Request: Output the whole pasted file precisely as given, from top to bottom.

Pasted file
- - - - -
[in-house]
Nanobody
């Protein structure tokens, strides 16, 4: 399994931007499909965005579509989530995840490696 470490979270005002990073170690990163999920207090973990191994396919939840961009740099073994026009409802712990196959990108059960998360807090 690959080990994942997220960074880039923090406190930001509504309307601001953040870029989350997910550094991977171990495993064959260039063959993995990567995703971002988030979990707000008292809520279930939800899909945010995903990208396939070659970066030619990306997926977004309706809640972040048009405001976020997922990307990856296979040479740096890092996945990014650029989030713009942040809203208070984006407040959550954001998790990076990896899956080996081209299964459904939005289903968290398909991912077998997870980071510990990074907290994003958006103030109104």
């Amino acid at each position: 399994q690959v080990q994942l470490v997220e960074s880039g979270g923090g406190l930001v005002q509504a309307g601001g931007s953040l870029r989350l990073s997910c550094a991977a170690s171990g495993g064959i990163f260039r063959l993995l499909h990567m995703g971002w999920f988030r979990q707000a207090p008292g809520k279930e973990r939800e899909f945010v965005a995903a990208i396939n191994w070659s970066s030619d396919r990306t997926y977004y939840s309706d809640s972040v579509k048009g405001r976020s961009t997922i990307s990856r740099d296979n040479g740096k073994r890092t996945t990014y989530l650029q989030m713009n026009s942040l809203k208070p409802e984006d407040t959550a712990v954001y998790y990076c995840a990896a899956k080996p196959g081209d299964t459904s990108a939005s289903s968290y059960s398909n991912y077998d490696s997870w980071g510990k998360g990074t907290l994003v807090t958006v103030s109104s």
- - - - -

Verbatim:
[in-house]
Nanobody
């Protein structure tokens, strides 16, 4: 399994931007499909965005579509989530995840490696 470490979270005002990073170690990163999920207090973990191994396919939840961009740099073994026009409802712990196959990108059960998360807090 690959080990994942997220960074880039923090406190930001509504309307601001953040870029989350997910550094991977171990495993064959260039063959993995990567995703971002988030979990707000008292809520279930939800899909945010995903990208396939070659970066030619990306997926977004309706809640972040048009405001976020997922990307990856296979040479740096890092996945990014650029989030713009942040809203208070984006407040959550954001998790990076990896899956080996081209299964459904939005289903968290398909991912077998997870980071510990990074907290994003958006103030109104």
């Amino acid at each position: 399994q690959v080990q994942l470490v997220e960074s880039g979270g923090g406190l930001v005002q509504a309307g601001g931007s953040l870029r989350l990073s997910c550094a991977a170690s171990g495993g064959i990163f260039r063959l993995l499909h990567m995703g971002w999920f988030r979990q707000a207090p008292g809520k279930e973990r939800e899909f945010v965005a995903a990208i396939n191994w070659s970066s030619d396919r990306t997926y977004y939840s309706d809640s972040v579509k048009g405001r976020s961009t997922i990307s990856r740099d296979n040479g740096k073994r890092t996945t990014y989530l650029q989030m713009n026009s942040l809203k208070p409802e984006d407040t959550a712990v954001y998790y990076c995840a990896a899956k080996p196959g081209d299964t459904s990108a939005s289903s968290y059960s398909n991912y077998d490696s997870w980071g510990k998360g990074t907290l994003v807090t958006v103030s109104s």